By M.L. RANTALA
Classical Music Critic
French composer Olivier Messiaen was in his early 30s at the outbreak of WWII when he was drafted into the army. He was captured in northeast France (Verdun, the site of one of the longest-lasting battles in WWI) and in May of 1940 transported to the German POW camp Stalag VIII-A. While held captive he wrote one of his most famous and enduring works, “Quatuor pour la fin du temps” (“Quartet for the End of Time”), a nearly hour-long chamber piece which contemplates the eternal.
As part of its 75th anniversary season, University of Chicago Presents (UCP) is bringing back many of its most popular artists from the past. Last Friday night it was clarinetist Alexander Fiterstein, who performed Messiaen’s quartet with three UCP newcomers: violinist Elena Urioste, cellist Nicholas Canellakis, and pianist Michael Brown. It was a marvelous performance of intriguing music, full of emotion and power — both from the score and the musicians.
Messiaen and three other prisoners gave the world premiere in the POW camp in January of 1941, outside in the cold, using poor instruments, Fiterstein noted in brief remarks to the audience. Even in such a somber and uncertain environment, the composer’s music was given such respect by its first audience that, as Fiterstein noted, the composer later said, “Never have I been listened to with such attention and understanding.”
In the preface to the score, Messiaen writes that the work was inspired by the Book of Revelation, specifically: “And I saw another mighty angel come down from heaven, clothed with a cloud: and a rainbow was upon his head, and his face was as it were the sun, and his feet as pillars of fire… and he set his right foot upon the sea, and his left foot on the earth…. And the angel which I saw stand upon the sea and upon the earth lifted up his hand to heaven, and swore by Him who lives forever and ever… that there should be time no longer: But in the days of the voice of the seventh angel, when he shall begin to sound, the mystery of God should be finished…”
There are prefatory notes for each of the eight movements (which were usefully included in the program notes) so the listener has a clear idea of what the composer is trying to convey. The opening Crystal Liturgy contains birdsong (a lifelong interest for Messiaen). The blackbird music on the clarinet and the nightingale solo of the violin were earthy and nicely juxtaposed with the otherworldly sounds that the quartet reaches after the birds have flown higher and higher. The four players were able to create a beautiful sense of what Messiaen described as “the harmonious silence of heaven.”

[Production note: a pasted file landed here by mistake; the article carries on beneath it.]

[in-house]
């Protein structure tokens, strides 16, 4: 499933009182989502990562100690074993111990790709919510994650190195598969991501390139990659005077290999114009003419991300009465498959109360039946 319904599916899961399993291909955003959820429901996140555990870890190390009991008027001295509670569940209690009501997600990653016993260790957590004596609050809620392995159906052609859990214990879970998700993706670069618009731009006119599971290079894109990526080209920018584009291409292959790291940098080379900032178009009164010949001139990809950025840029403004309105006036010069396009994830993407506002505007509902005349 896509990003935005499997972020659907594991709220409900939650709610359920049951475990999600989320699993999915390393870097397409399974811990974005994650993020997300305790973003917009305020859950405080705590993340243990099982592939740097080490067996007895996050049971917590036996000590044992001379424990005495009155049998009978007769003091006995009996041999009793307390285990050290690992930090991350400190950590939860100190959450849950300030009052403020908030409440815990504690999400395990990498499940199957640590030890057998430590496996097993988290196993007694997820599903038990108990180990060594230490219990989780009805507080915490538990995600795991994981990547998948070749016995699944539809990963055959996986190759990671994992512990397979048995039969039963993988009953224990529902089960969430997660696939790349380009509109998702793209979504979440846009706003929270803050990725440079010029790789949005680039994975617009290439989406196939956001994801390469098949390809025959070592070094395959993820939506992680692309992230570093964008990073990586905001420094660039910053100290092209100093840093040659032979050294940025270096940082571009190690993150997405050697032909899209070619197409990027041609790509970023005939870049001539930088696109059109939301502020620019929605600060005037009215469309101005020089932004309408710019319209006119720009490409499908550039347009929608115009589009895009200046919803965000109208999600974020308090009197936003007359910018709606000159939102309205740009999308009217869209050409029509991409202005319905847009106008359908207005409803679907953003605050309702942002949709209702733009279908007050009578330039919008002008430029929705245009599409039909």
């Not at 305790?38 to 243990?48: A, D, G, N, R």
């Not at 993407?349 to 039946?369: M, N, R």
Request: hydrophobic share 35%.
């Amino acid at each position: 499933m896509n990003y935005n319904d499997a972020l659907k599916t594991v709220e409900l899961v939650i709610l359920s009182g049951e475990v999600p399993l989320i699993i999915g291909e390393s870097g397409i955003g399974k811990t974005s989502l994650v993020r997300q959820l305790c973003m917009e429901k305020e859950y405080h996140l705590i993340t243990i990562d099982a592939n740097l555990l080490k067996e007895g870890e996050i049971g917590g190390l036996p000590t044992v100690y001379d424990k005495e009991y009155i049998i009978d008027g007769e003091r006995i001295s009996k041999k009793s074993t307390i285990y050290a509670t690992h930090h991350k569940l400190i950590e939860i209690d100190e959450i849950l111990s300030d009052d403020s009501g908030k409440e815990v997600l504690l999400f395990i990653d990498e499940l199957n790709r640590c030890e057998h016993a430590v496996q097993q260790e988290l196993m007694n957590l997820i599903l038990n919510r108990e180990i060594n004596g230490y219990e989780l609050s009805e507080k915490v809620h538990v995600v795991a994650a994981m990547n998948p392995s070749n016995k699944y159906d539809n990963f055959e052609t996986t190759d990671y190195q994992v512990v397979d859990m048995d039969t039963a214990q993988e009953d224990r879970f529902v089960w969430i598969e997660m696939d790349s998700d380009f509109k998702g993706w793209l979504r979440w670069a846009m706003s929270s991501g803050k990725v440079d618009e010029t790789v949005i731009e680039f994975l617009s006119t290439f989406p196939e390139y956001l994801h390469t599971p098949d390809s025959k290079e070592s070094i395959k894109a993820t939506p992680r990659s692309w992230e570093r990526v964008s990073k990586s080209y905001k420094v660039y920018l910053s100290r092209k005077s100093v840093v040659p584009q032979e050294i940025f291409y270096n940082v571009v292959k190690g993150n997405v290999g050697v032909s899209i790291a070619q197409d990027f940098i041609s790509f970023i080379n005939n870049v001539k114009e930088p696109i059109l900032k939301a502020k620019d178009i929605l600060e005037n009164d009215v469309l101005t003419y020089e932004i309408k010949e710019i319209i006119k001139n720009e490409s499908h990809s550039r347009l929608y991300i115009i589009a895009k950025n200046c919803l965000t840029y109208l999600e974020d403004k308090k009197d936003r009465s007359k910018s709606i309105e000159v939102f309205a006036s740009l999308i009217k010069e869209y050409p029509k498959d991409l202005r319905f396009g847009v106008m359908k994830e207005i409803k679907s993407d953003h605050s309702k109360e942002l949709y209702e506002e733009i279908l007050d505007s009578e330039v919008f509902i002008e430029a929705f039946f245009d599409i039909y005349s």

The following Vocalise drew from the musicians a picture of a mighty angel with one foot on the ocean and the other on earth. In the middle of this are the harmonies of heaven. Pianist Brown was particularly effective in conveying the important shifts in mood.
The clarinet solo in Abyss of the Birds was splendid. Fiterstein gave the abyss a cold and dark sound while the birds were jubilant. The strings were richly gloomy in the Intermezzo, later becoming bright and vibrant, ending with a little giggle (not only in the music, but in the audience as well).
Praise to the Eternity of Jesus featured radiant work by cellist Canellakis, supported admirably by Brown on piano. The unison of the players in Dance of Fury for the Seven Trumpets was effective and the movement closed with a delicate whisper.
The playing was lucid for Clusters of Rainbows, and the music devoted to the angel was intense, featuring shocking slashes from the strings. The final movement, Praise to the Immortality of Jesus, highlighted the skillful playing of Urioste. She communicated yearning as well soaring nobility. The last note was feather soft, taking the listener — Messiaen hoped — into eternity.
The composer was released from the camp in May of 1941, and spent the rest of his life composing, performing, and teaching. He influenced a large number of students, including Pierre Boulez, Iannis Xenakis, Karlheinz Stockhausen and Peter Maxwell Davies. The multi-talented Quincy Jones studied with him. And two folks you might have bumped into on the streets of Hyde Park studied with him as well: UChicago professors Easley Blackwood Jr. (emeritus) and Marta Ptaszynska.
The concert opened with Mieczyslaw Weinberg’s Sonata for Clarinet and Piano. Weinberg, a Polish refugee who fled to the Soviet Union to escape Hitler, is not a well-known composer, but this sonata must certainly result in many listeners from Mandel Hall that night giving him a second listen. The composer could not have asked for a more dedicated and committed exponent than Fiterstein, who navigated the score deftly. It calls for a large range of skills from the performer: from classical virtuosity to Klezmer brilliance. Fiterstein was up to the task. His clarinet sparkled and rumbled, sang and moaned. The long, meandering lines of the second movement were made into fascinating musical declarations. The Klezmer dance music was haunting and sinuous. The ornaments were thrown off with flair.
Pianist Brown was a worthy collaborator who mirrored Fiterstein’s moods as well as changes in dynamics and tempo like a matching glove. Together they created webs of sound that snagged listeners and held them in place. All three movements end quietly, and at the conclusion of the work the duo faded slowly away, as if they had melted into night mist. It was a splendid performance.